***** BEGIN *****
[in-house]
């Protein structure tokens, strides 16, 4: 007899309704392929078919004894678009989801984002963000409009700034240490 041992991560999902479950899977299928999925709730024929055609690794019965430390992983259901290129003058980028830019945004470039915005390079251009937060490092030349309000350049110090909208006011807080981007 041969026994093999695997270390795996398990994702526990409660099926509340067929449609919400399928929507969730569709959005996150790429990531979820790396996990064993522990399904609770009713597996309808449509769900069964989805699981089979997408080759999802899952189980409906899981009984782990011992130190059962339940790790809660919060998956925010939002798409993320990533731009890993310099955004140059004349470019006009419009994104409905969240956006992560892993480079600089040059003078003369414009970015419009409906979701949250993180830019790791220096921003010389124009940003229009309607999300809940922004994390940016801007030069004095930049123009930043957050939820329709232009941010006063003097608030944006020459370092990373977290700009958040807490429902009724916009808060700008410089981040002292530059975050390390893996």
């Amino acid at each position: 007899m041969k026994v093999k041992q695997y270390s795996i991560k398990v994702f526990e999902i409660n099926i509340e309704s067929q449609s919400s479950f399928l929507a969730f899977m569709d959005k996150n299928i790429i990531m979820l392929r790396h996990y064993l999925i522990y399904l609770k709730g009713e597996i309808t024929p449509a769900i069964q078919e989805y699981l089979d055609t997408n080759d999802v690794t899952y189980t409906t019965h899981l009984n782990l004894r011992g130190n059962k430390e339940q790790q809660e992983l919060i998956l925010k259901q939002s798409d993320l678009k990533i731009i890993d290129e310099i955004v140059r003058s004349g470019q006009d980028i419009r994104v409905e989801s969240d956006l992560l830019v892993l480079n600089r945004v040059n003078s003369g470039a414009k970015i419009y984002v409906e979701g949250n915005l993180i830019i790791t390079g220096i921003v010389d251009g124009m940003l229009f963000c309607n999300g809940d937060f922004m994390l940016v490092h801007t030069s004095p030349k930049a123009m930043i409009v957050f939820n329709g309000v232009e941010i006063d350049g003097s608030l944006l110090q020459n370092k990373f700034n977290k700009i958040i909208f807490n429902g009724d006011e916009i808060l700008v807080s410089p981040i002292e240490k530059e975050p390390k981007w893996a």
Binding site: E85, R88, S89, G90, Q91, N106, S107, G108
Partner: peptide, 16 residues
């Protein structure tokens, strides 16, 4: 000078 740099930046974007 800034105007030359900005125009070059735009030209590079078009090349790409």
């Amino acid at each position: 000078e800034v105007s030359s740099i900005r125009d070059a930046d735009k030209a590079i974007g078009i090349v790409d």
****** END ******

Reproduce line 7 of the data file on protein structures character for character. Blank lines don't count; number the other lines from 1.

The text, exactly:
């Amino acid at each position: 000078e800034v105007s030359s740099i900005r125009d070059a930046d735009k030209a590079i974007g078009i090349v790409d």